Newcastle does not boast much in the way of Czech heritage so it’s surprising to see a blue plaque dedicated to Jára Cimrman, the famous inventor, traveler, philosopher, detective, amateur obstetrician, writer and poet. Cimrman’s national acclaim was recognised when the Czech people voted him The Greatest Czech in 2005. Although he topped the polls, Cimrman was disqualified for the trifling matter of him never actually existing.
The deindustrialisation and gentrification of Ouseburn has brought with it a glut of creatives so it seems fitting that this is where the Czech legend’s blue plaque has appeared. In a worthy tribute to Cimrman, the plaque lives on a building with a door that leads into thin air, which is a sterling example of a Thommason.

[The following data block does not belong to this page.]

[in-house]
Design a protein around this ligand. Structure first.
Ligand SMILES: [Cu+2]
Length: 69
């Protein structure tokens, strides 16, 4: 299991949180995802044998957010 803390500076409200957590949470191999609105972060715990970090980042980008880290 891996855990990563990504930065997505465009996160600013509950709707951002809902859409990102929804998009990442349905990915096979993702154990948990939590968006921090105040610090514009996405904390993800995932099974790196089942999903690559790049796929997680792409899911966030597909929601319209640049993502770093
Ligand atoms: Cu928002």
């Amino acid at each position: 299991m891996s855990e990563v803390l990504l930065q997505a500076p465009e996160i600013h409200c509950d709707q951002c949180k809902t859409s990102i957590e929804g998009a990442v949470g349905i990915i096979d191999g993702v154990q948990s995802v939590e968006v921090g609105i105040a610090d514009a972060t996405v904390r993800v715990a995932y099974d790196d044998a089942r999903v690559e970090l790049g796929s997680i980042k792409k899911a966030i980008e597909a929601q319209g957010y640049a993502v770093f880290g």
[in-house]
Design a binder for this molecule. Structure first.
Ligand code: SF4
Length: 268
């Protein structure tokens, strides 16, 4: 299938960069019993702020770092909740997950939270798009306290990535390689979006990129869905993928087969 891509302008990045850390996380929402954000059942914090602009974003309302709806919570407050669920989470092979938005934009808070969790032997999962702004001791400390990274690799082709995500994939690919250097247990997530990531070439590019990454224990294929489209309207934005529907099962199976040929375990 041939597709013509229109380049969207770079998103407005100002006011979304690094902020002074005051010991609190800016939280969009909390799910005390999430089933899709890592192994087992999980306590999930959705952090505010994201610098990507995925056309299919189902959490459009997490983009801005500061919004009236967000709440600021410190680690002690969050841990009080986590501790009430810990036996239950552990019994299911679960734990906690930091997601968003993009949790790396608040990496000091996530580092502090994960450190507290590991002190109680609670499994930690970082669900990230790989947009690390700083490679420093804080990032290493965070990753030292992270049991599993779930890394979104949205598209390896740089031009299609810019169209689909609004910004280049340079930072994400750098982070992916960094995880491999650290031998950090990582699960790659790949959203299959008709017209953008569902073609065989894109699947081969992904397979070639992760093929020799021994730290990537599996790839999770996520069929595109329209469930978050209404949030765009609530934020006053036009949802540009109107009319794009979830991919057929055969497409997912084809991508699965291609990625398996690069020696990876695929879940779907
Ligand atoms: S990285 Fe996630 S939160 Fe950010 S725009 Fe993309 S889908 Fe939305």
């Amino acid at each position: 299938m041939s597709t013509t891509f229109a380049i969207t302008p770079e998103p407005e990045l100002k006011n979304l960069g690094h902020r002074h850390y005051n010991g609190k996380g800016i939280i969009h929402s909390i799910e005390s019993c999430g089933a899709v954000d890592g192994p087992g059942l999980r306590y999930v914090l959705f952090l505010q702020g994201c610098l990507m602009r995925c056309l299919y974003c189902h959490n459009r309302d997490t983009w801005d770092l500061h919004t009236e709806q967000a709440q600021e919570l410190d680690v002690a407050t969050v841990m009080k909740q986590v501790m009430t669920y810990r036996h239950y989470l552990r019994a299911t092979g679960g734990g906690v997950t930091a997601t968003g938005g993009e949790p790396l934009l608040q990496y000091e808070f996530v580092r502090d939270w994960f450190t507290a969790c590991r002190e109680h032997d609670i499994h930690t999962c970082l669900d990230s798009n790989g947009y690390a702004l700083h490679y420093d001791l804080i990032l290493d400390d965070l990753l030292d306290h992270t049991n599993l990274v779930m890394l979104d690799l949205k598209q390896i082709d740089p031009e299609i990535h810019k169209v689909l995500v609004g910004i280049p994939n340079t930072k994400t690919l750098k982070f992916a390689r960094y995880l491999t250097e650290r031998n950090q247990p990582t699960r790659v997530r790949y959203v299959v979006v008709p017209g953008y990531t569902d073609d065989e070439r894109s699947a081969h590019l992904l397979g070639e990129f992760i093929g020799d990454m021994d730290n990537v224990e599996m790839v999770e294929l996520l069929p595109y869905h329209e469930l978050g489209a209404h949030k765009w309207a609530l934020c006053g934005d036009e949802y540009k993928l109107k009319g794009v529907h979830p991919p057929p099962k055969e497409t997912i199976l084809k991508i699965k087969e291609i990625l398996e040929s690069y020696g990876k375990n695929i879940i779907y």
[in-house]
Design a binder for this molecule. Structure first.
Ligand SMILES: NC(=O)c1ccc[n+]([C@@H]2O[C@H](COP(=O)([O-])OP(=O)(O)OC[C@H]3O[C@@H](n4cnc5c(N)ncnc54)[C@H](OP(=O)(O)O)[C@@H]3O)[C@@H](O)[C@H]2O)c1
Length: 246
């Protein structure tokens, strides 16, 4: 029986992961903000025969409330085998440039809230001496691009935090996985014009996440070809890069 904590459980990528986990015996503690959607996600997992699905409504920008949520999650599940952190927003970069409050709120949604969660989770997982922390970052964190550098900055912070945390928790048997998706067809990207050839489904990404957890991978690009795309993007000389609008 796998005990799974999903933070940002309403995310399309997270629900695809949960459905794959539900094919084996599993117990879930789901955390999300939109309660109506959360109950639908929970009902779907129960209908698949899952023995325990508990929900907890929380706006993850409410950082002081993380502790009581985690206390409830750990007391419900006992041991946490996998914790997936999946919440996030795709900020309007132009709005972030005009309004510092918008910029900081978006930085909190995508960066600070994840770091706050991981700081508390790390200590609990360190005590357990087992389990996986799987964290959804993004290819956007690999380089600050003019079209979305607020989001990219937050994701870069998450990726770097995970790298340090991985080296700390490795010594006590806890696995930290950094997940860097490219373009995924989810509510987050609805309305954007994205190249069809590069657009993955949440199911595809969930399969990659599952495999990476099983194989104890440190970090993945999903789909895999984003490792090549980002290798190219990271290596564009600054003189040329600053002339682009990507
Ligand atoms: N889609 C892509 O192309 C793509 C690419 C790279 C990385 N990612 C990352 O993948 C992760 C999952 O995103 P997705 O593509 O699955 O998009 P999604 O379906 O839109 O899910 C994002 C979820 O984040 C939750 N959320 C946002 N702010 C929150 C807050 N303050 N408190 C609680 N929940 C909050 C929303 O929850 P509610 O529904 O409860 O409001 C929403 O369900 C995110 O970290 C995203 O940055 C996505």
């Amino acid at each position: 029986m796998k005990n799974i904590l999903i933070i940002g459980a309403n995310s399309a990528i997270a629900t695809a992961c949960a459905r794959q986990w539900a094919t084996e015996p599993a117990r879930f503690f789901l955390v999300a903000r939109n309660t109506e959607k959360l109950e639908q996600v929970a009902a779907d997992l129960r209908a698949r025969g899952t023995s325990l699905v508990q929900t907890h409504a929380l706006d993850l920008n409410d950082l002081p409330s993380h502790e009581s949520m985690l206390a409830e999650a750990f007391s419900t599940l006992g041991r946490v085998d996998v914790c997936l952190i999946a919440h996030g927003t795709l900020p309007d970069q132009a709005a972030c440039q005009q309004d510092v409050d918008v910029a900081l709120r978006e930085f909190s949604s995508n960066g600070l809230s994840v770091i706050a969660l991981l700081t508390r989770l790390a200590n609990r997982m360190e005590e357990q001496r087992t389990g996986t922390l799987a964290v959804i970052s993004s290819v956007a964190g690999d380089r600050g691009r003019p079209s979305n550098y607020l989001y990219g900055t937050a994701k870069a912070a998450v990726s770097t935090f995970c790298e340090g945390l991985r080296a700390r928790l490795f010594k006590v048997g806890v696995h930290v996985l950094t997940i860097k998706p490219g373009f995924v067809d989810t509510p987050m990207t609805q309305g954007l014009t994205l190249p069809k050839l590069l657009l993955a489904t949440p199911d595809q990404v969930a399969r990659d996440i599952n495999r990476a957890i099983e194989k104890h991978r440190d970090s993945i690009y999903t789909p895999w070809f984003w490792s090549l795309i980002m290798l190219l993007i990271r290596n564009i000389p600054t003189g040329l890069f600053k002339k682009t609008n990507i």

His dedication reads:
1869 – 1966 approx.
Bohemian philosopher, adventurer and inventor.
Jára Cimrman invented the electric light bulb, assisted by local inventor Joseph Swan. Thomas Edison later copied the idea and patented it in his name.
Cimrman is also noted for donating Jesmond Dene to the people of Newcastle after winning it from Lord Armstrong in a game of cards.
Quite a remarkable fellow, all considered. It’s not surprising someone wants to highlight his universal genius and undeniable contributions to Newcastle’s history.
Cimrman (TSIM-er-mahn) was the invention of radio hosts in the 1960s but his popularity as a mythical figure in Czech history skyrocketed leading to apperances in many books, plays and films. Cimrman’s status as national anti-hero has been cemented by memorialisation in street names and playful commemorative plaques all around the Czech Republic, and even a renowned theatre in Prague bears his name. The NYT explored his history and achievements in a piece suitably titled ‘Feeling Short of Real Heroes, Thus Fond of a Fake One‘.